• Cascade Effects: Key failures would lead to disastrous regional events.

Miller Woodland Spirits 4x4ft Sept 9 2010 IMGP2225

“Woodland Spirits,” Kevin L. Miller, acrylic on canvas, 2010 

How Will Climate Change Affect People and Animals? (from the World Bank’s Potsdam Report on Climate Change — “Turn Down the Heat”) 

  • Extreme Heat: There is a ten-fold increase in areas with extreme heat since the 1950s. The 2010 Russian heat wave left 55,000 dead, 25% crop failure, and a hundred million acres burned. 
  • Risks to Human Support Systems: The Potsdam Report “identifies a number of extremely severe risks for vital human support systems,” including water scarcity, flooding, drought, wildfires, transformed ecosystems, forest dieback, and “large-scale loss of biodiversity.”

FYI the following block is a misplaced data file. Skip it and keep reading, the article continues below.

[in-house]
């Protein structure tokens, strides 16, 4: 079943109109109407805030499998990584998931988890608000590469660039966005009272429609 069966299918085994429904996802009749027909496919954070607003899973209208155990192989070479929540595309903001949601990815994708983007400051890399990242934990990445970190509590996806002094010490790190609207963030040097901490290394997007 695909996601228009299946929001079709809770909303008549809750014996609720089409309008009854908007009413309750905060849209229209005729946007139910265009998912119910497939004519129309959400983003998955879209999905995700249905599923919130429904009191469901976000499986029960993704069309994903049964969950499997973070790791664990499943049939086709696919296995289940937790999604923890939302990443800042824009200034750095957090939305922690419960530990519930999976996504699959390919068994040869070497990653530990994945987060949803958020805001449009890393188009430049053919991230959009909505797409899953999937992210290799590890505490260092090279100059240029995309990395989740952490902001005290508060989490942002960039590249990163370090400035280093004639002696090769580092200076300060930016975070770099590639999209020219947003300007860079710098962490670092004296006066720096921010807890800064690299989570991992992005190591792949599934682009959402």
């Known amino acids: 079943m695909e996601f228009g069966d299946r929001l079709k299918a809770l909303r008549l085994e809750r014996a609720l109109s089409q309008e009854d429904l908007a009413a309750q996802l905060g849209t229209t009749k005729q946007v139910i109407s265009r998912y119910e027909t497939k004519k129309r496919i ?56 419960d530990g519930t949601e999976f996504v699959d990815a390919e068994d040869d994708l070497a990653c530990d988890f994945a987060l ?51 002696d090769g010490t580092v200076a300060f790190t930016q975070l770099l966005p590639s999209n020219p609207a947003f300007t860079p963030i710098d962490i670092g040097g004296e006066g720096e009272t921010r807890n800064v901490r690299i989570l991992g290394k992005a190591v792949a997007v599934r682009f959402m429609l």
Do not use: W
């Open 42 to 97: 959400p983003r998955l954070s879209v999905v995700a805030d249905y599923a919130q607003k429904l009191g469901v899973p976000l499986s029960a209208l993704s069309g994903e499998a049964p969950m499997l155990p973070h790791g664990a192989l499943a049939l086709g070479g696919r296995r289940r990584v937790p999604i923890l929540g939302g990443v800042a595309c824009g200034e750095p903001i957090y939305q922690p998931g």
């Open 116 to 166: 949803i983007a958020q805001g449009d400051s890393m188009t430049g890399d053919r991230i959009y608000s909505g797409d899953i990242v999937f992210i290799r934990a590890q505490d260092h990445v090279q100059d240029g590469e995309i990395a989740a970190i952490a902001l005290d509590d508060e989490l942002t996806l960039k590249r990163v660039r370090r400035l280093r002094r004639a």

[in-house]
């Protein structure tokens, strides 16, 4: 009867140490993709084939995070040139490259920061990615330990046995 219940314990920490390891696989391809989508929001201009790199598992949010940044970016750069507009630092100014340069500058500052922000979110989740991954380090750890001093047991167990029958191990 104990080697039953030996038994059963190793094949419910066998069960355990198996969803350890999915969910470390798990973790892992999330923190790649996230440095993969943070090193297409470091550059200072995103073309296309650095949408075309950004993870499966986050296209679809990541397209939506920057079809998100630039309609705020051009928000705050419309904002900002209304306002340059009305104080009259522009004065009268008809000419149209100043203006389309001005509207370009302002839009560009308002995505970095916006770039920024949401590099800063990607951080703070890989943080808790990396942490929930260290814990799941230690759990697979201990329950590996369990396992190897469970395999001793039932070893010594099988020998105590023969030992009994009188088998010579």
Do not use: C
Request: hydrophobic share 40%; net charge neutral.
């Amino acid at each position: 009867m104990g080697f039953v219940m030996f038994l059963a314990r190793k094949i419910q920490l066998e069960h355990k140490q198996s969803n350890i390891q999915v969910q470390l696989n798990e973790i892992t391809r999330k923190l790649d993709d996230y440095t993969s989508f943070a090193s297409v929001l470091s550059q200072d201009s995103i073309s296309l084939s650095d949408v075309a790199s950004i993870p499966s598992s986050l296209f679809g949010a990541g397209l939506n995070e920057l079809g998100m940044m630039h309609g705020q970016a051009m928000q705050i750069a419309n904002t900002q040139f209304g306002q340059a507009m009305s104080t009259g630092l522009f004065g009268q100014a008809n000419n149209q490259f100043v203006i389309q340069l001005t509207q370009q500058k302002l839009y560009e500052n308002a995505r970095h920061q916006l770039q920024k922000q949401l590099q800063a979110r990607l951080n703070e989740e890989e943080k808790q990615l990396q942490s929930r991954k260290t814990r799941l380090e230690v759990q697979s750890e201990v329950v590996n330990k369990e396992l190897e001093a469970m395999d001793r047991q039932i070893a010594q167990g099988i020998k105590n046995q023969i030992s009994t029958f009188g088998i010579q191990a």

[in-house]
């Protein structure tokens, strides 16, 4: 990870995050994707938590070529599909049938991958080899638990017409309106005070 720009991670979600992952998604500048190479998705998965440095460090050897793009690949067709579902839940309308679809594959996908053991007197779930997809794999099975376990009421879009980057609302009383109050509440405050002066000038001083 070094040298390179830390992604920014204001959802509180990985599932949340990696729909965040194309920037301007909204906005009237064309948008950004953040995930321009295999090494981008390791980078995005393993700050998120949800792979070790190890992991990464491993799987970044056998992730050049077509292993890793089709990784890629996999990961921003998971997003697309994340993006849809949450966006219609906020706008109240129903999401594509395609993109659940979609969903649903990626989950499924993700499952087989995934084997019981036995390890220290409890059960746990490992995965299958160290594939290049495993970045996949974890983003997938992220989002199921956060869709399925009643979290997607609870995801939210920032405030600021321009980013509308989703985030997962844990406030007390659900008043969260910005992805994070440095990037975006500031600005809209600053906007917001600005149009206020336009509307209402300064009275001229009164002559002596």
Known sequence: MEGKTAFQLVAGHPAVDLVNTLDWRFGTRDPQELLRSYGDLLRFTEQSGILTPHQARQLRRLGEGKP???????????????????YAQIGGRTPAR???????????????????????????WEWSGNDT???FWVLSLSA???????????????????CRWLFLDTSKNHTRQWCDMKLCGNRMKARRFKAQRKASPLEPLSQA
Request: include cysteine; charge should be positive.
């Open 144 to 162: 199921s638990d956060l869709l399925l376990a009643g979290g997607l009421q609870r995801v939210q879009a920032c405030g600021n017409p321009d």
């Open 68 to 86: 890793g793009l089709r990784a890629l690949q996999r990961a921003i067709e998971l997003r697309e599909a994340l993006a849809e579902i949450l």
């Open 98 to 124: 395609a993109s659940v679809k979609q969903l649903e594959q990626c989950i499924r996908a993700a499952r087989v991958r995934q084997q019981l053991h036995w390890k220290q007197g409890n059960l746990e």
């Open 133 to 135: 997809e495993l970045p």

• Adverse Health Effects: Extreme weather events will cause injuries and deaths. Epidemic diseases and allergies are expected, as well as respiratory, heart and blood disorders caused by heat-amplified smog levels.

2OL The Corn is Dead... Whats Next ART

“The Corn Is Dead… What’s Next?” Kevin’s digital illustration for TwoOldLiberals.com

How Will Climate Change Affect Our Food Production and Supply? 

  • Agricultural Food Security Disruption: As temperatures approach and surpass 2 degrees C, food security will be undermined by extreme heat, drought, floods, invading insects, diseases and sea-level rise in low-lying delta areas (Bangladesh, Egypt, Vietnam, Africa, etc.) Agricultural disruption will lead to nutritional deficits. 
  • US Agricultural Disruption: The 2012 US drought has already caused widespread crop failure throughout the Midwest.

HIVE photo Eco Anxiety poster

“Eco-Anxiety” rapid image poster by Kevin L. Miller for HIVE of Planet-Loving Activity 

How Will Climate Change Affect Our Psychological and Spiritual Health?